411 Fact or Fiction Movies/TV 07.11.14: Week 441
Posted by Chad Webb on 07.11.2014
Will Dawn of the Planet of the Apes be as good as the first? Will we check out the final season of The Killing on Netflix? Has this been a weak summer for movies? 411's Tony Farinella and George Sirois debate these topics and more!
Ben Piper suffered some computer issues this week, so you get me as host this time around! Try to contain your joy.
For this showdown, we have the former author of Scene Anatomy and The UBS Evening Movie News, George Sirois, along with Interviewer and Reviewer, Tony Farinella. Let's see what they had to say!
1. Dawn of the Planet of the Apes will be a sequel that is just as good as its predecessor.
Tony Farinella:Fiction. The original was pretty gosh darn good and I think it made my top ten films of 2011 if I remember correctly. I don't see this film being in the same category and I don't believe they will catch lighting in a bottle two times in a row. So far, the reviews have been positive, but the cast isn't as impressive to me. I don't think it will be a bad film. I merely believe it will be a good film that adds to the proceedings, but I don't have a feeling it will be just as good. I would love to be proved wrong and I wouldn't be surprised if I am, but I'm going with my gut and my gut loved the original and can't see this one being as entertaining or engaging.
George Sirois:Fact. Like Tony, I enjoyed the hell out of the original film, and I'm going to go with my gut on this call as well and say that it will meet its potential. It has a lot to live up to, and doesn't have the benefit of catching everyone by surprise like the first film did, but I have this feeling that it's going to match the first film's quality. I can't wait to see if I'm right.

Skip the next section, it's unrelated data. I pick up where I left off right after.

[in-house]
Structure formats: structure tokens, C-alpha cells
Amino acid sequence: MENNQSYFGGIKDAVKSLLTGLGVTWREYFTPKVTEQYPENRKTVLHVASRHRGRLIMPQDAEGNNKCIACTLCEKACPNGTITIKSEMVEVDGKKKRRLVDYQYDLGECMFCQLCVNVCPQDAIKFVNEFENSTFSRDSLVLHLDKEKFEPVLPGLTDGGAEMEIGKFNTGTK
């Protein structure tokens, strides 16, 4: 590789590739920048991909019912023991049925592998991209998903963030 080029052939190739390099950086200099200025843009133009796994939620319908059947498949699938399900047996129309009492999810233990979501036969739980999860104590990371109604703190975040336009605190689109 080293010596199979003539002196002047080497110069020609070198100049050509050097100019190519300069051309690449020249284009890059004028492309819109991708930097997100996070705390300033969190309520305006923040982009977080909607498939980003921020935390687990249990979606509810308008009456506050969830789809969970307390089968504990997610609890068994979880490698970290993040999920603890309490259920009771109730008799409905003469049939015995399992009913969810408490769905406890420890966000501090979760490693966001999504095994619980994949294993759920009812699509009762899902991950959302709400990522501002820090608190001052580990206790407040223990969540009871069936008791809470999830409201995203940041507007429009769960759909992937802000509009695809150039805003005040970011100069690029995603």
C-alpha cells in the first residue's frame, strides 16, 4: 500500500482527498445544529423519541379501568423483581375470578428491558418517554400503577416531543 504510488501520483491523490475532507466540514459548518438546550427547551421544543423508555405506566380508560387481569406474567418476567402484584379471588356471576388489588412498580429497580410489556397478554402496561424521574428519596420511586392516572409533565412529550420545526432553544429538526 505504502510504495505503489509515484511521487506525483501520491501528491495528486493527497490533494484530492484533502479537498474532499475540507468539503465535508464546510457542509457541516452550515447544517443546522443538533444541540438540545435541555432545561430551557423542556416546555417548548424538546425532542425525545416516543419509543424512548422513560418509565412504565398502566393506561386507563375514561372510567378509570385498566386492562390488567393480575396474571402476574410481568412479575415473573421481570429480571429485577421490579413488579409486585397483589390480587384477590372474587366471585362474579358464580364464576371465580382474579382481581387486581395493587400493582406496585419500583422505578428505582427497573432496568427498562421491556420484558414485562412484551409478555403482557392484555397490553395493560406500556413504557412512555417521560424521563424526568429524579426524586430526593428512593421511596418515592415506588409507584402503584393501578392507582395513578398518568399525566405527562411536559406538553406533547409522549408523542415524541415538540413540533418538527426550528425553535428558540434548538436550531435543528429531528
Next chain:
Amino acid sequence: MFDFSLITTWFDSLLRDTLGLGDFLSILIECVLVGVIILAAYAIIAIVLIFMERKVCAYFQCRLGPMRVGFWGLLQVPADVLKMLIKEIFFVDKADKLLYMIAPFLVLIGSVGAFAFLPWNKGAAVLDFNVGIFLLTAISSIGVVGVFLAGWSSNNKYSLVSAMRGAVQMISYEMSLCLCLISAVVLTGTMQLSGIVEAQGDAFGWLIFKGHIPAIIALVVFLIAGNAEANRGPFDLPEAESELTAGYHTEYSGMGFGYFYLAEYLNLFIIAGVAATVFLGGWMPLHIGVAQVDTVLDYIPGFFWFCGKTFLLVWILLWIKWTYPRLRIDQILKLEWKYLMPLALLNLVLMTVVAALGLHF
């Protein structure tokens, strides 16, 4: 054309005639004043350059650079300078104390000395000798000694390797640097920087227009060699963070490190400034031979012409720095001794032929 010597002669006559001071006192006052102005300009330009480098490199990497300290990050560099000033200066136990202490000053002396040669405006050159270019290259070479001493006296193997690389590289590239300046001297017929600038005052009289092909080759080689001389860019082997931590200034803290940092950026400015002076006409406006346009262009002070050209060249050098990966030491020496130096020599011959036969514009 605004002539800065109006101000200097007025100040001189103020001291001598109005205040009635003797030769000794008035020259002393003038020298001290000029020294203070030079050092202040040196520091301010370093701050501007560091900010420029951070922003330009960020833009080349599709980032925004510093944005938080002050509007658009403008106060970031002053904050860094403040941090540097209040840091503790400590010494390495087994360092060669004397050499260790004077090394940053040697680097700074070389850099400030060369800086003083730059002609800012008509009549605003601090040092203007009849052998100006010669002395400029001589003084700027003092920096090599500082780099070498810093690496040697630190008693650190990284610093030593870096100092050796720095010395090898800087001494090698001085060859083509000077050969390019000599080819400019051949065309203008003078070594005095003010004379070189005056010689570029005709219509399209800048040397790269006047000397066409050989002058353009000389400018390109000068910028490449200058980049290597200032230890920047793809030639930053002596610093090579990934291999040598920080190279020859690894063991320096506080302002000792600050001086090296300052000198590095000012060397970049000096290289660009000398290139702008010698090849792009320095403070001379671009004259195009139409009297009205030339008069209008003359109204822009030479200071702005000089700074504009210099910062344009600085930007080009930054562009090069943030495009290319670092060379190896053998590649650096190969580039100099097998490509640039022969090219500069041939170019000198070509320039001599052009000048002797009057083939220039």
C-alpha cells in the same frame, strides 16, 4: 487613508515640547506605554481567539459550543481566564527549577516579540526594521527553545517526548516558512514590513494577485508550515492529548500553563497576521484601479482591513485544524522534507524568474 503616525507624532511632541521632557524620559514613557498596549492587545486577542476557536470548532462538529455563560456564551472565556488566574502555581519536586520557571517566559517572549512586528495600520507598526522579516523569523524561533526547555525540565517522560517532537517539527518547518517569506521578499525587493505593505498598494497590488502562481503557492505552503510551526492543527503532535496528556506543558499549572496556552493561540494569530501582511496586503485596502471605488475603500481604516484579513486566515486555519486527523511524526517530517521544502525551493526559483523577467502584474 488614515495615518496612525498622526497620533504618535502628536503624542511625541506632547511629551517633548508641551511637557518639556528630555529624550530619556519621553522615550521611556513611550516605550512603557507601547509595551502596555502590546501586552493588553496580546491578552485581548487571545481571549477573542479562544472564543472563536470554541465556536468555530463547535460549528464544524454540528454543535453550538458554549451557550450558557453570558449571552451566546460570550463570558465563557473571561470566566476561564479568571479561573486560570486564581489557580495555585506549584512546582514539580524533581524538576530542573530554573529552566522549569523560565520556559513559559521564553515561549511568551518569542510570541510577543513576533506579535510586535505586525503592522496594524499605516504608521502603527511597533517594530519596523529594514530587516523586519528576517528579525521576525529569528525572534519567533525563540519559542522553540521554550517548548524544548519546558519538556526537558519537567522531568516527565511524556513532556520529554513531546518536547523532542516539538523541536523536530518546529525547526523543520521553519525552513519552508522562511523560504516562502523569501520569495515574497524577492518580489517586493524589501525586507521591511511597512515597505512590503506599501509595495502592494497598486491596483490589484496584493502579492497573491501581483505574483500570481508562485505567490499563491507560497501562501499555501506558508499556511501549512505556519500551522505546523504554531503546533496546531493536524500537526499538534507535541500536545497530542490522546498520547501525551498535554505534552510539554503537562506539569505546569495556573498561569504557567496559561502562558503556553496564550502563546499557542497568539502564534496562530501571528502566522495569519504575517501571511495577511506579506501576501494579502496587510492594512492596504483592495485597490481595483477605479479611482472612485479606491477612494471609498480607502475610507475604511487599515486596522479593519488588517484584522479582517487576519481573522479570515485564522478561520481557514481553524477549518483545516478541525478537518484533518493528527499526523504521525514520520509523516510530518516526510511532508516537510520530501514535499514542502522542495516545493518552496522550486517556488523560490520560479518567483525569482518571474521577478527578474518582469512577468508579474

Score:0 for 1
2. You agree with Transformers Producer Lorenzo di Bonaventura that making the films look like the cartoon would be laughable.
Tony Farinella:Fact. The Transformers franchise has already become laughable to me and adding the cartoon element would only make it even more idiotic and moronic, which is a pretty impressive feat. I know there are legions of fans and these things are making money, but I wish they would just leave well enough alone. They are overlong, overstuffed, loud, and just a giant headache. Although, perhaps they are so over the top, the cartoon format wouldn't be too far out of the question.
George Sirois:Fact. As someone who grew up with these characters and fell in love with them from the beginning, I feel like I SHOULD demand that they look like the way they did in the beginning. But I don't. While I've had issues with the storytelling (especially the second one, but I blame Revenge of the Fallen on the Writers Guild strike, and I haven't seen Age of Extinction yet), nobody can deny the look of these movies. Are they too loud? Sure. But the character designs of the Autobots and Decepticons are terrific, and the more the series moves on, the more distinctive the supporting Transformers (aka, anyone other than Optimus Prime and Bumblebee) become. The look of the characters worked great for the G1 television series and the 1986 movie, but they would be one step removed from Who Framed Roger Rabbit if they were given a seamless transition from the animated series to the Michael Bay movies.
Score:1 for 2
3. Terrence Howard would be a better choice to portray Richard Pryor than Nick Cannon.
Tony Farinella:Fact. This is an easy one for me. Terrence Howard is an accomplished actor with an Academy Award nomination under his belt. Nick Cannon is hosting the fireworks show on the Fourth of July. Cannon seems like a nice enough fellow, but I don't know that I want to see him play Richard Pryor or even trust him to portray him. I would feel a lot more comfortable with someone like Terrence Howard. I know I would be in good hands.